DOD earmarks $1B for construction of 57 miles of fencing


President Donald Trump vetoed a congressional resolution that was blocking his border wall emergency.

A Pentagon decision to redirect up to $1 billion to build 57 miles of fencing along the Mexican border was slapped down Tuesday by a House panel that rejected the “reprogramming action.”

Acting Defense Secretary Patrick Shanahan on Monday authorized the Army Corps of Engineers to plan and build the 18-foot-high fencing and to construct and upgrade roads and install lighting near the border in Yuma, Arizona, and El Paso, Texas.

Shanahan said the $1 billion plan was in support of the national emergency declaration President Donald Trump issued last month after Congress refused to appropriate the $5.7 billion he wanted for construction of the wall. 

“The committee denies this request,” U.S. Rep. Adam Smith, D-Washington and chairman of the House Armed Services Committee, said in a letter to the Defense Department comptroller. “The committee does not approve the proposed use of Department of Defense funds to construct physical barriers and roads or install lighting in the vicinity of the United State border.” 

Some Republicans also were skeptical. Texas Rep. Mac Thornberry said he opposes using defense funding for other purposes but suggested Shanahan wa facing “a lot of criticism for decisions that you had nothing to do with.”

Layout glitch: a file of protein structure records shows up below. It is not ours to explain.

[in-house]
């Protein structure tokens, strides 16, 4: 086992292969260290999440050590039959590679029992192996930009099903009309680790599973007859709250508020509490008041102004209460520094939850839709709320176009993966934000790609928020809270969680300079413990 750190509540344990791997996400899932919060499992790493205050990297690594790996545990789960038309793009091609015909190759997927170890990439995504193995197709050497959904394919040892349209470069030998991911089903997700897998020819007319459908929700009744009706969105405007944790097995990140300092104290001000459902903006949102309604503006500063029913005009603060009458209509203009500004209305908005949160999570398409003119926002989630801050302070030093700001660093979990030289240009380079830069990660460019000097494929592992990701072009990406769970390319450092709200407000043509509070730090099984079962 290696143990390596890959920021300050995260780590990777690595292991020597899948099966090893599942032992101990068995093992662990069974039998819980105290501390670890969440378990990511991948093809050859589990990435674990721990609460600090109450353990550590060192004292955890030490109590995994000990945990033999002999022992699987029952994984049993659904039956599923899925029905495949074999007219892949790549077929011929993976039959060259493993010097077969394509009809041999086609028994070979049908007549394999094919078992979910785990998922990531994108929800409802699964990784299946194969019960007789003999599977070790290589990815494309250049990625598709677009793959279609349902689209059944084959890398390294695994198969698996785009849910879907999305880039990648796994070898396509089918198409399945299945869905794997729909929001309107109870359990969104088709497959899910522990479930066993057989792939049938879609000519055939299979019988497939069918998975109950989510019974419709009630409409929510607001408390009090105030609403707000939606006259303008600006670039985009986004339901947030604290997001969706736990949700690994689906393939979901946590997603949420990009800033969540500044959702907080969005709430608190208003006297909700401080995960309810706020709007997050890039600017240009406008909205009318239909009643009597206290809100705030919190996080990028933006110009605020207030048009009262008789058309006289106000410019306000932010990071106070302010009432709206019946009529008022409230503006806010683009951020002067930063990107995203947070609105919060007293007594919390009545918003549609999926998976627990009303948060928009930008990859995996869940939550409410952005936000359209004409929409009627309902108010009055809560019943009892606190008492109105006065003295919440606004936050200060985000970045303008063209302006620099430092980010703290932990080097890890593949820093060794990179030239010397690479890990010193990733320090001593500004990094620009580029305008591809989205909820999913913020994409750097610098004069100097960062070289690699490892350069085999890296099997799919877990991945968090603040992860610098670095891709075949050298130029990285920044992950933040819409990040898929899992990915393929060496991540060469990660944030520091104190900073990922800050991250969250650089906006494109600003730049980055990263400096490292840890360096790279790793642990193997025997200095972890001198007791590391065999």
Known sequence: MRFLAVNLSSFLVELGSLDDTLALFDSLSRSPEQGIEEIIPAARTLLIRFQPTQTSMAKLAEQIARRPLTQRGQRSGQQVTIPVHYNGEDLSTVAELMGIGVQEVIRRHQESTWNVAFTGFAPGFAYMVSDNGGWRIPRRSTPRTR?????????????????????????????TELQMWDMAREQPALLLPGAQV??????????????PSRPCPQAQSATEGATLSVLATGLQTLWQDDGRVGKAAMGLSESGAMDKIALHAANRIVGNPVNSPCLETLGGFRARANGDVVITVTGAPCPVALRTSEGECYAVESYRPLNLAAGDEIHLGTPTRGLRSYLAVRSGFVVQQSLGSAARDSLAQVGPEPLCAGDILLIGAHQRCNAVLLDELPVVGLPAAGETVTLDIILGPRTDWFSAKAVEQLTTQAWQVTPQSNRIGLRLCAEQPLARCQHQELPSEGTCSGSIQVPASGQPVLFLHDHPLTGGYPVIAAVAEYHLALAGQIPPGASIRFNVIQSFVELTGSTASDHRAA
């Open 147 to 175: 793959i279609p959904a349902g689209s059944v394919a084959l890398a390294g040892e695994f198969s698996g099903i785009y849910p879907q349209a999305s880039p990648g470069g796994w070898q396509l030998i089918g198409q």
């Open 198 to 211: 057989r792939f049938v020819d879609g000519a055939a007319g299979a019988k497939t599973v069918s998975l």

Shanahan said he understood the concerns but added that he was executing a “legal order from the commander in chief.”

It was not immediately clear what impact the committee’s decision would have on the construction effort. Trump has repeatedly claimed the wall is needed to keep criminals from entering the U.S. Shanahan cited the need to “block drug-smuggling corridors across international boundaries of the United States in support of counter-narcotic activities of federal law enforcement agencies.”

Shanahan, in testimony Tuesday before Smith’s panel, reiterated his claim that the transfer of funds to the wall won’t jeopardize national security. 

Shanahan announced the $1 billion plan late Monday. It immediately drew a sharp response from Democrats, with several senators on the Appropriations Committee signing a letter blasting Shanahan for failing to seek approval of the congressional defense committees.

“We have serious concerns that the department has allowed political interference and pet projects to come ahead of many near-term, critical readiness issues,” the letter said.

Trump’s emergency declaration sparked controversy, some of it from his own party. The House was schedule to vote Tuesday on Trump’s veto of a congressional resolution that would have voided the emergency declaration. Foes of Trump’s plan, however, did not appear to have the two-thirds majority required to override.

“The President’s veto will be upheld,” Tweeted Minority Leader Kevin McCarthy, R-California. “We will #SecureTheBorder.”

Trump says his declaration of a national emergency to build the wall allows him to tap billions targeted for military construction projects ranging from garages and air traffic control towers. The projects have been approved by Congress, but contracts have not yet been signed.

Last week, Shanahan forwarded to Congress the list of construction projects the Pentagon could delay but not cancel to redirect funds to the wall. 

Contributing: Tom Vanden Brook, USA TODAY; The Associated Press


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